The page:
Arthritis Surgery

Arthritis characteristically involves the inflammation of one or more joints.

This disorder is often painful and can prevent those with it from participating in normal daily activities. Sometimes, arthritis can be so severe that it becomes too painful to even walk.

Cherrywood Foot Care‘s team of board-certified podiatrists understand just how debilitating arthritis can be. They also know how to effectively treat this disorder.

Arthritic patients exhibit a host of symptoms and require a comprehensive assessment before the best treatment options can be determined. Many patients who must undergo surgery to correct arthritis in their feet are diabetics who have a type of arthritis, known as Charcot foot. The bone in the foot become soft due to significant nerve damage. The average age of patients developing a Charcot foot is 40 years.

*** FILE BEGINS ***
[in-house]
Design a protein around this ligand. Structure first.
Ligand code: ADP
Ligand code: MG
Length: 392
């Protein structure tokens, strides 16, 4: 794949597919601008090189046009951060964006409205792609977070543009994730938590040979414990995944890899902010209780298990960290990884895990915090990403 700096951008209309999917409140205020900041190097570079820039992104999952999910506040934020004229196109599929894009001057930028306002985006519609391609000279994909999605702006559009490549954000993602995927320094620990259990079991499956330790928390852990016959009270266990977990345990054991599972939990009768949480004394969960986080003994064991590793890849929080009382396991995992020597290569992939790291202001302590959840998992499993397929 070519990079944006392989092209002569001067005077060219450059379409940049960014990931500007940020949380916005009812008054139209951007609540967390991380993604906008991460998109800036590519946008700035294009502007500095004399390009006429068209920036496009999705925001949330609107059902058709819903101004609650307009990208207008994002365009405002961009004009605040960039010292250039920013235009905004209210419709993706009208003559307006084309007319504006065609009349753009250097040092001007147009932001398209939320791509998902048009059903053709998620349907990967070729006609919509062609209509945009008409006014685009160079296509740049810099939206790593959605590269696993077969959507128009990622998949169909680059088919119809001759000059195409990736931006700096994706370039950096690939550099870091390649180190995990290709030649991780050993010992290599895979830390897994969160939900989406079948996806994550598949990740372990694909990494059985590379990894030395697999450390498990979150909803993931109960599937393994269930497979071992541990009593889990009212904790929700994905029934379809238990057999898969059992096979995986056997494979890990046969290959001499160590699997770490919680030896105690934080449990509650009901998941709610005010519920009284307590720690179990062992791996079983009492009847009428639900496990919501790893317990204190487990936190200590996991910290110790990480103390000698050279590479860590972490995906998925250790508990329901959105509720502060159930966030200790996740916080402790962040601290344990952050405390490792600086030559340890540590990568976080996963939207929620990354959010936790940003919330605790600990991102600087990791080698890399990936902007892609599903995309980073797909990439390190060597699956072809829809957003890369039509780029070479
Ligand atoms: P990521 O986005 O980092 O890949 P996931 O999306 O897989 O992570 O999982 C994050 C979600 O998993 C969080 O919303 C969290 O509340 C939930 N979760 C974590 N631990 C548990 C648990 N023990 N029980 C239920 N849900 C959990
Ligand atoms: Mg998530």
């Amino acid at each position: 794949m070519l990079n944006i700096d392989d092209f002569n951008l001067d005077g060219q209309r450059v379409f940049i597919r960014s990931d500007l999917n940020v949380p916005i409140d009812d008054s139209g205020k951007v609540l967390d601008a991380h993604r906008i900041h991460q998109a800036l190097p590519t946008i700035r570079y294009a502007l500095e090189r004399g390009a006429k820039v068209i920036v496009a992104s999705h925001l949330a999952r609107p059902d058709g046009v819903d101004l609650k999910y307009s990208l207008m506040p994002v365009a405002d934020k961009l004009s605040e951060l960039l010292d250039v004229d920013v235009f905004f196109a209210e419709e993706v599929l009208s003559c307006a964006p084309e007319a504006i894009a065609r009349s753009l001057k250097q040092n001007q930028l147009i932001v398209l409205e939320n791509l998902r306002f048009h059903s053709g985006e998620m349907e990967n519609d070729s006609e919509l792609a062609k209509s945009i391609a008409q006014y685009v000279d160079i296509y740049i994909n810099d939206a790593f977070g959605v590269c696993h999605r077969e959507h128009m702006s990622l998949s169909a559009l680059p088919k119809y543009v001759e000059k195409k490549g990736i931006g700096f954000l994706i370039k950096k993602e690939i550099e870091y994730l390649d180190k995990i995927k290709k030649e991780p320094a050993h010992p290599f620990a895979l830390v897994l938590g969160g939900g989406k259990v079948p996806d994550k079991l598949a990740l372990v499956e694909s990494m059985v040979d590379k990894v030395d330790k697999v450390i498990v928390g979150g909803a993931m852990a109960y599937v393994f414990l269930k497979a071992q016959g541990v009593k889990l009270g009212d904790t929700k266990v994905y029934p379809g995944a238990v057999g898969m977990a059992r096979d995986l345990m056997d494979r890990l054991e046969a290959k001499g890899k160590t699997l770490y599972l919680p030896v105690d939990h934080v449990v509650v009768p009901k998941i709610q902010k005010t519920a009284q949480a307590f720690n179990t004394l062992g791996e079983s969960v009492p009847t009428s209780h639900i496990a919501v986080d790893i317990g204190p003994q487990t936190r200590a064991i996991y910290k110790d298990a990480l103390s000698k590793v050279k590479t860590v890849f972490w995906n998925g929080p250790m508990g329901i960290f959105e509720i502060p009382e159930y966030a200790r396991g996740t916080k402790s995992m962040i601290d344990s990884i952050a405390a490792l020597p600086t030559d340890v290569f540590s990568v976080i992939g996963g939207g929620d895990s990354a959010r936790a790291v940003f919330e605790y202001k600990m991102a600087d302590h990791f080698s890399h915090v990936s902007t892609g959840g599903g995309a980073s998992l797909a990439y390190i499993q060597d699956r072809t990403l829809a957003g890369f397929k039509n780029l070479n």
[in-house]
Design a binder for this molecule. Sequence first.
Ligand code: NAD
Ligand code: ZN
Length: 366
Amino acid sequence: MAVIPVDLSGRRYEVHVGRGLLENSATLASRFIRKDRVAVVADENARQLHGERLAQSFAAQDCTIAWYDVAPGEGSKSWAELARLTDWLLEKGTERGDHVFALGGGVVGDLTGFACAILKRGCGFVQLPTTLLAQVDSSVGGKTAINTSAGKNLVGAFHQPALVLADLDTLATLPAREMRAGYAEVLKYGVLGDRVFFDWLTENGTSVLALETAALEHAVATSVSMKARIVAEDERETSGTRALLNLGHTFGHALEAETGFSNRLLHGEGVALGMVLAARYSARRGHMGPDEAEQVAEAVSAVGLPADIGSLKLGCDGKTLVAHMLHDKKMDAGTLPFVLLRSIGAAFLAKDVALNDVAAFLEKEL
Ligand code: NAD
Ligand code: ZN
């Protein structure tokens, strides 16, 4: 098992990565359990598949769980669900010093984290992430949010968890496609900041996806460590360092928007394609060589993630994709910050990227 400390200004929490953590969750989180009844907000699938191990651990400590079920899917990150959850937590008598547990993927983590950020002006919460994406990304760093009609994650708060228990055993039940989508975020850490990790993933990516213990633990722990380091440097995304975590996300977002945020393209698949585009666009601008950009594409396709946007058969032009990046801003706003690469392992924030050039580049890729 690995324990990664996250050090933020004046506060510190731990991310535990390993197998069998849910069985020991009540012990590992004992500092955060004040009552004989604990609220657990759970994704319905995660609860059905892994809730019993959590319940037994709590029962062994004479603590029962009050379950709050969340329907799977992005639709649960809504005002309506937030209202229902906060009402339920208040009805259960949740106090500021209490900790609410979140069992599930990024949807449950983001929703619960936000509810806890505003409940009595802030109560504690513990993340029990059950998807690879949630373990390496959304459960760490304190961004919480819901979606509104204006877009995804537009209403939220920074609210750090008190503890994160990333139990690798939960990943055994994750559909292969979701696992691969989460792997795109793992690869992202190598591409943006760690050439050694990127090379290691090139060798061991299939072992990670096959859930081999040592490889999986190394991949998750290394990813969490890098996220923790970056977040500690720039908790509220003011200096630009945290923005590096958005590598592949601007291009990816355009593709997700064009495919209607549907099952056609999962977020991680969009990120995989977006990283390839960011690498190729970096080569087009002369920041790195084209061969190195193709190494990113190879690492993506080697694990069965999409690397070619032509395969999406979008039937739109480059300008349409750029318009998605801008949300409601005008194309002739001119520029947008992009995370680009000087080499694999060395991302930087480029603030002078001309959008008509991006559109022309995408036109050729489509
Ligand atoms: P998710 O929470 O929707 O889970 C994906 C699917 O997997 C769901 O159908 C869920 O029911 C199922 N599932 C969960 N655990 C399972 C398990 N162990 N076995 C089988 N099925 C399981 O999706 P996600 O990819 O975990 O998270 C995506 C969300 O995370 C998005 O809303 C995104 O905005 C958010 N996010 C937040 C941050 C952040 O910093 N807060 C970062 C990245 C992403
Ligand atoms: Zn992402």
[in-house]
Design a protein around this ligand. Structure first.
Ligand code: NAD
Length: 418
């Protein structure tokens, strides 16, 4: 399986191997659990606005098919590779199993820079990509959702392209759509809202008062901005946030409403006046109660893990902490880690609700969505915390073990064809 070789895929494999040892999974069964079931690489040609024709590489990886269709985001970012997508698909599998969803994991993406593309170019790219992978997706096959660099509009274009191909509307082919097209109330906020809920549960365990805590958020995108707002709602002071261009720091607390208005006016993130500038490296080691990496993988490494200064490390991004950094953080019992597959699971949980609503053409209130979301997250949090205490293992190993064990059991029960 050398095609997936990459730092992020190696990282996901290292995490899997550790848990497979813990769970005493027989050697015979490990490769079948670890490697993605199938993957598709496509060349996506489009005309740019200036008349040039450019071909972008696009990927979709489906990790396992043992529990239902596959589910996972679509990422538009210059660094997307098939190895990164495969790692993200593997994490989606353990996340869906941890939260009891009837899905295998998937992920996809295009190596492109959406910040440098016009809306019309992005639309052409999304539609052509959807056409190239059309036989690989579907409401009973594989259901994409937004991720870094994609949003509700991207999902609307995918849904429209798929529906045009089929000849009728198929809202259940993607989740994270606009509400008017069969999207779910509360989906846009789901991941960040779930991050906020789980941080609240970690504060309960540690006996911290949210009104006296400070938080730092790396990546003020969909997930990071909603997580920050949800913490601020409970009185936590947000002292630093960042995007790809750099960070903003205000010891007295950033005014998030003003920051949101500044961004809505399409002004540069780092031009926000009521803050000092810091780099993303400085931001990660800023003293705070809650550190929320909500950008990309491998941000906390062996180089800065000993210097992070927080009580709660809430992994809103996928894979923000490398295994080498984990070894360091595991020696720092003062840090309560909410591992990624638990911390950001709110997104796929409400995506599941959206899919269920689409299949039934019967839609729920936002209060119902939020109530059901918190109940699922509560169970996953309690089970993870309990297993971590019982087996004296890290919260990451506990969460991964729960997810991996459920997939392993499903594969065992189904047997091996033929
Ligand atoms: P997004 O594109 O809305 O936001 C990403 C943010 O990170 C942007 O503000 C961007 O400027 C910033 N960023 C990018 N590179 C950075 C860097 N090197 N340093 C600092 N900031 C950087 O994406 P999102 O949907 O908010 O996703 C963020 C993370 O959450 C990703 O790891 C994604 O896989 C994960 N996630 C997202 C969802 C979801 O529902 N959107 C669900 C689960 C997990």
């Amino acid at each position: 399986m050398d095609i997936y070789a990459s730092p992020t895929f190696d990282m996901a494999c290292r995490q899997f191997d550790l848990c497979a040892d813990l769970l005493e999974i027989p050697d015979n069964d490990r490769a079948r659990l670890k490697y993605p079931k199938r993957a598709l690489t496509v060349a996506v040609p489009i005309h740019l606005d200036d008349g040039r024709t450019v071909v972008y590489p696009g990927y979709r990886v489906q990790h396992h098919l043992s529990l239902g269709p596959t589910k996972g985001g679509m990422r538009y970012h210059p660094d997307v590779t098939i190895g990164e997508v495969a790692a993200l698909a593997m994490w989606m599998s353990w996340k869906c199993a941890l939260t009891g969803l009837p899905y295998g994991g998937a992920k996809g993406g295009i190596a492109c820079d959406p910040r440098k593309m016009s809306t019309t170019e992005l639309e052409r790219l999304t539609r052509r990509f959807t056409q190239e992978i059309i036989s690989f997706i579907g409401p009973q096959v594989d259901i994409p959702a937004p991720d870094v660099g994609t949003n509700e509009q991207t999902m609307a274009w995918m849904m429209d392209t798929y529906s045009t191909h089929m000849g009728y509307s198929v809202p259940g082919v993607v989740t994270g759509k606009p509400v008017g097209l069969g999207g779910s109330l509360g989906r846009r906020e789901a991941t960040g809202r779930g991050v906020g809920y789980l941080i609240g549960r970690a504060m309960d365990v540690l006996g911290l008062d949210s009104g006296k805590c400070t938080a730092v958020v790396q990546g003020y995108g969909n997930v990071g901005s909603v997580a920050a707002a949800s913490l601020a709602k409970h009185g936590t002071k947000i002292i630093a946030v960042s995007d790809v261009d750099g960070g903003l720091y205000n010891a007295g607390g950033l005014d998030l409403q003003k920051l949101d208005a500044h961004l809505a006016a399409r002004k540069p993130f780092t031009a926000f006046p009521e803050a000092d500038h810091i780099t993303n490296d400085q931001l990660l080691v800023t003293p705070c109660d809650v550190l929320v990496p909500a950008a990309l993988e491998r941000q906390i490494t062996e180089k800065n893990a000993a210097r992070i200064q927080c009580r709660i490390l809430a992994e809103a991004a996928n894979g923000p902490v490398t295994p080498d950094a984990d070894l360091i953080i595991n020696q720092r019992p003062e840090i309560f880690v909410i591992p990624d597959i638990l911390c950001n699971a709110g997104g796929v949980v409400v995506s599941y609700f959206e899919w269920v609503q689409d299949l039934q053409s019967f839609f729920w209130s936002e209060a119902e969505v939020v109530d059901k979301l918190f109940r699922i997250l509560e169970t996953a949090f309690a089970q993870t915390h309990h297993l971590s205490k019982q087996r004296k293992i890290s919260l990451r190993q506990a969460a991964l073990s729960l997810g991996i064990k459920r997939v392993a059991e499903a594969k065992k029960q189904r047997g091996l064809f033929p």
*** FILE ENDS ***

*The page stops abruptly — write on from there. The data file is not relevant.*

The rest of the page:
About one-third of these diabetic patients develop a Charcot foot in both feet and/or ankles. This form of arthritis can develop suddenly and come without pain. The bones in the foot and/or ankle may spontaneously fracture and fragment, often causing a severe deformity. The arch of the foot often collapses, and sensitive pressure areas may develop on the bottom of the foot, leading to open sores or ulcers.


While many of these deformities can be treated with nonsurgical care, surgery may be required. Such instances may include:

  • Chronic deformity with increased plantar pressures and risk of ulcers.
  • Chronic deformity with significant instability that cannot be corrected by braces.
  • Significant deformity that may include ulcers that don’t heal or respond to therapy.


Surgical procedures used to treat arthritis include:

  • Hindfoot and ankle realignment. This kind of procedure is usually prescribed when there is significant instability resulting in a patient being unable to walk. Various types of internal fixation are placed within the foot during this kind of procedures.
  • Midfoot realignment. This kind of procedure is usually prescribed when there is significant instability of the middle portion of the foot. During a midfoot realignment, various types of internal fixation are placed within the foot.
  • Ostectomy. In this procedure, a portion of bone is removed from the bottom of the foot. It is usually performed for a wound on the bottom of the foot that is secondary to pressure from a bony prominence.